Research suggest that educators implement techniques like coaching and mentoring to help their students achieve higher levels of efficacy, which link with superior academic performance (Jain, Chaudhary, & Jain, 2016). Moreover, Dimotakis, Mitchell, and Maurer (2017) argued that assessment and feedback are important for the development of self-efficacy, but cautioned that assessment centers often require investing resources that may be hard to find. It is the job of educational leaders to ensure these types of activities take place, but it is important that these processes are well-guided and grounded on relevant theoretical models.
Unfortunately, when heads of educational organizations are not knowledgeable enough for the task at hand, they might end up relying on their roles as administrators, favoring bureaucratic processes instead of finding ways to motivate others to promote needed changes (Delgado & Loya, 2016). This tends to lead to decreased job satisfaction on the part of faculty and staff, which hurts the chances of creating a favorable environment for accountability and change (Mehrad & Fallahi, 2014). Thus, educational leaders need to be able to articulate their vision to enhance the leadership competencies of their students through the application of theory and the commitment of mindful faculty and staff.
The purpose of this study is to help educational leaders in charge of management and educational leadership programs identify a framework for developing leadership competencies in their students through appropriate assessment, which could lead to data-driven changes in the curriculum and teaching approach. This implies that educational leaders become familiar with a theoretical approach that fits the needs of modern day organizations, and is consistent with the idea that leadership can be taught. Therefore, this study has two specific contributions. First, it serves as an argument for educational leaders to embrace transformational leadership (TL) as a guide for their work with faculty and staff. Second, it provides an example of how one TL model, Kouzes and Posner’s (2012) Five Practices of Exemplary Leadership, may be implemented as part of an assessment process.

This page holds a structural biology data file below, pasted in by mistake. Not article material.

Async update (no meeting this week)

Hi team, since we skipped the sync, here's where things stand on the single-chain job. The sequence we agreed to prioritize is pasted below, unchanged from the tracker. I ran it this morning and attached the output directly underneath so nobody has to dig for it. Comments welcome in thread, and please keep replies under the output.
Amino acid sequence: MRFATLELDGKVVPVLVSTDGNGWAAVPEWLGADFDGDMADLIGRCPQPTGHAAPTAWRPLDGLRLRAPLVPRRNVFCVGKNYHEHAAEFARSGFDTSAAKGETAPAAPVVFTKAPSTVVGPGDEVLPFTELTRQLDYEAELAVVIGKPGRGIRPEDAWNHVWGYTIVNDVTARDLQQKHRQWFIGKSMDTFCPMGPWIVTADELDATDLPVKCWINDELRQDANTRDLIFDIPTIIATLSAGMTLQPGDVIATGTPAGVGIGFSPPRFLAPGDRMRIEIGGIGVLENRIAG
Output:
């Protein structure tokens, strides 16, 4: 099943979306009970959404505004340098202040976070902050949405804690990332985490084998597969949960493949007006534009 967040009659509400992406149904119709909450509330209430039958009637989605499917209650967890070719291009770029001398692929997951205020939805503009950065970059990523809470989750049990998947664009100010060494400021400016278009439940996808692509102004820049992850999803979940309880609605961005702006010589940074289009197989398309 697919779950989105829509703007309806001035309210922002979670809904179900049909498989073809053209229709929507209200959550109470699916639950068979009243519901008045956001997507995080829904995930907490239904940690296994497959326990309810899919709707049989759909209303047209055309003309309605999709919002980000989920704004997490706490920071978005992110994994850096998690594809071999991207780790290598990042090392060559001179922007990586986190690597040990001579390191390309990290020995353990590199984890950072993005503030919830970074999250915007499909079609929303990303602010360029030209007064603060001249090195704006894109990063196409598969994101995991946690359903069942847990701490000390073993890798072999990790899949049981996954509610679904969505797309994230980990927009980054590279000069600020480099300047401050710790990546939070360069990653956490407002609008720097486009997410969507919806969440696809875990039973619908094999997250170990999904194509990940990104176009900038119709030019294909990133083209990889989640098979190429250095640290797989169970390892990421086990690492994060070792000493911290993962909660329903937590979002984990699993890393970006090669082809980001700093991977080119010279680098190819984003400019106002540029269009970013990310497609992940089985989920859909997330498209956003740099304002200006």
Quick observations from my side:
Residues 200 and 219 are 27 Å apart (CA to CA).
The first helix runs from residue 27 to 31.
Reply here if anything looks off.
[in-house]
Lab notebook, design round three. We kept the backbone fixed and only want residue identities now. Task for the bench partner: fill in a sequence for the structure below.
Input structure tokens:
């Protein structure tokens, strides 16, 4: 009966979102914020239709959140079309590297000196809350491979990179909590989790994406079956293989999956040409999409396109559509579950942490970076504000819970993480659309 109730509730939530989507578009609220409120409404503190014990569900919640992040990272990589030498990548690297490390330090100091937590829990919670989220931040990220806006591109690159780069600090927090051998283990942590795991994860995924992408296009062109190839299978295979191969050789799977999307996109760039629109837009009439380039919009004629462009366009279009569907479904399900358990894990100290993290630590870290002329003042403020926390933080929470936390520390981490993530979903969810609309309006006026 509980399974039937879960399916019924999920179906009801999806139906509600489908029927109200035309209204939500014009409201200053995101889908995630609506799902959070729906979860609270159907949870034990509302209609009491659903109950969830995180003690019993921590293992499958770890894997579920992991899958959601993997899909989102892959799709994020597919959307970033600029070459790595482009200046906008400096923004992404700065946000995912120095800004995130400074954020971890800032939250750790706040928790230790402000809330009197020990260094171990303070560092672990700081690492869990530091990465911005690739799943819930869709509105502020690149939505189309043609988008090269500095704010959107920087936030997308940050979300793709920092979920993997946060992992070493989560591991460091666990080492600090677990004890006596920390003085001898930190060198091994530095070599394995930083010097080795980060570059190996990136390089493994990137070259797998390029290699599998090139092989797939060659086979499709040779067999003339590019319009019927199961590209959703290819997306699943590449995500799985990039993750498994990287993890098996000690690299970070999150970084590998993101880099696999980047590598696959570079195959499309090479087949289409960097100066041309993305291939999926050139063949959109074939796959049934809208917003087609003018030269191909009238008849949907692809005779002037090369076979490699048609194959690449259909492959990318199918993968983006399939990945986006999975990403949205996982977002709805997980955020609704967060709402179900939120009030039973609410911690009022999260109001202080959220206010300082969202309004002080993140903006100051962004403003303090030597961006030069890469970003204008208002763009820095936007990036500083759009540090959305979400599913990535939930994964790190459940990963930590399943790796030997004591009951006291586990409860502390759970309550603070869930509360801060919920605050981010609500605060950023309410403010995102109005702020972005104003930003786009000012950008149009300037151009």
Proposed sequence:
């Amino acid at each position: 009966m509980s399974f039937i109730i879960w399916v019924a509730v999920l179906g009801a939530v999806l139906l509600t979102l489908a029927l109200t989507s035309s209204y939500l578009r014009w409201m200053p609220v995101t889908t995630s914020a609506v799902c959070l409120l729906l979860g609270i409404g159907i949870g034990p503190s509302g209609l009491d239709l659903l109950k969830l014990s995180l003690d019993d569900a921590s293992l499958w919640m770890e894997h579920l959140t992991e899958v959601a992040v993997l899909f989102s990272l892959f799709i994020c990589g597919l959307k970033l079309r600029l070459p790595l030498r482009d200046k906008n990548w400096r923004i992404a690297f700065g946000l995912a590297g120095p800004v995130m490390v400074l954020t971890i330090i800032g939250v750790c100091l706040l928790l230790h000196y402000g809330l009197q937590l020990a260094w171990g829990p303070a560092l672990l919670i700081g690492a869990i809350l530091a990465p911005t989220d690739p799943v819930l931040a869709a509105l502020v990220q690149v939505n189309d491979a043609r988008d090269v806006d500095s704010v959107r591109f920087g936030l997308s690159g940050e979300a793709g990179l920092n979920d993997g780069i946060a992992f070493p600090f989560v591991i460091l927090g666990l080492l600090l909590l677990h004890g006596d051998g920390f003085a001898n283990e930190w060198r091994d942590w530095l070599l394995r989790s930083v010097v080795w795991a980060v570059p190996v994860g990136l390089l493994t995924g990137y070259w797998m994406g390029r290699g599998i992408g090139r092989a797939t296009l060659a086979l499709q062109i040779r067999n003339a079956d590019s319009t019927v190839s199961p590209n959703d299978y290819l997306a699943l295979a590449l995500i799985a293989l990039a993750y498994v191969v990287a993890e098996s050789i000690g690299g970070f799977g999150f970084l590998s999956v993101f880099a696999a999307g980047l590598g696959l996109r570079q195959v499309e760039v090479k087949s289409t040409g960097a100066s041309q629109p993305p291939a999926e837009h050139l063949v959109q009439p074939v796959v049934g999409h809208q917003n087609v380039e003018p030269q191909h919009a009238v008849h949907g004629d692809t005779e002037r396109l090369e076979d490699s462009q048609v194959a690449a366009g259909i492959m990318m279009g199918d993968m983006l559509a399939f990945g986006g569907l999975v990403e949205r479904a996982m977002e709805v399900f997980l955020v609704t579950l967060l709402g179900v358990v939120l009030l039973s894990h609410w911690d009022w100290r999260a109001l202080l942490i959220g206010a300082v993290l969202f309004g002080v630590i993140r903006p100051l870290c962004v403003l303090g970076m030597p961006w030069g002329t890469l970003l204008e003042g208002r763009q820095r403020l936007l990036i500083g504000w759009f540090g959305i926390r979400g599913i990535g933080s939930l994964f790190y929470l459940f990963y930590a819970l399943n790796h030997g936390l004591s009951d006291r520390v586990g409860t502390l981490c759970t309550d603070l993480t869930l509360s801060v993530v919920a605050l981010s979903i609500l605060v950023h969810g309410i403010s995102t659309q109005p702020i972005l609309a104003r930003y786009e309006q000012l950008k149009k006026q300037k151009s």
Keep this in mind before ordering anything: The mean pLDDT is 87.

This type of research is not without precedent. Olivares Olivares, Garza Cruz, López Cabrera, and Suárez Regalado (2016) developed their own leadership assessment with 52 academic leaders in Medical Schools from different parts of Mexico. Their justification for conducting the study was the notion that educational organizations need good leaders to promote a culture of quality designed to serve their students. This assumption guides the present study as well. One key difference between the studies is that educational leaders are not the subjects of this research, the students are. In this case, the educational leaders are the audience for the study.
Those in charge in developing future leaders through formal education need to develop their own leadership skills. Previous research shows that leadership style in educational institutions correlates with job satisfaction on the part of faculty and staff (Chiang Vega, Gómez Fuentealba, & Salazar Botello, 2014). As is the case with leaders in different types of organizations, educational leaders should develop their management and decision-making skills to improve performance (Bowers, 2017). Successful leaders in educational organizations are capable of managing external pressures while securing support from internal followers (Cencič & Erčulj, 2014). This allows them to pursue important goals like transparency, efficiency, and equity (Sánchez, 2008), and implement processes that lead to overall educational quality (Fernández Mayo & Méndez Ramírez, 2017). These outcomes then permeate to students, who can then go out into the world and replicate what they have learned from their teachers.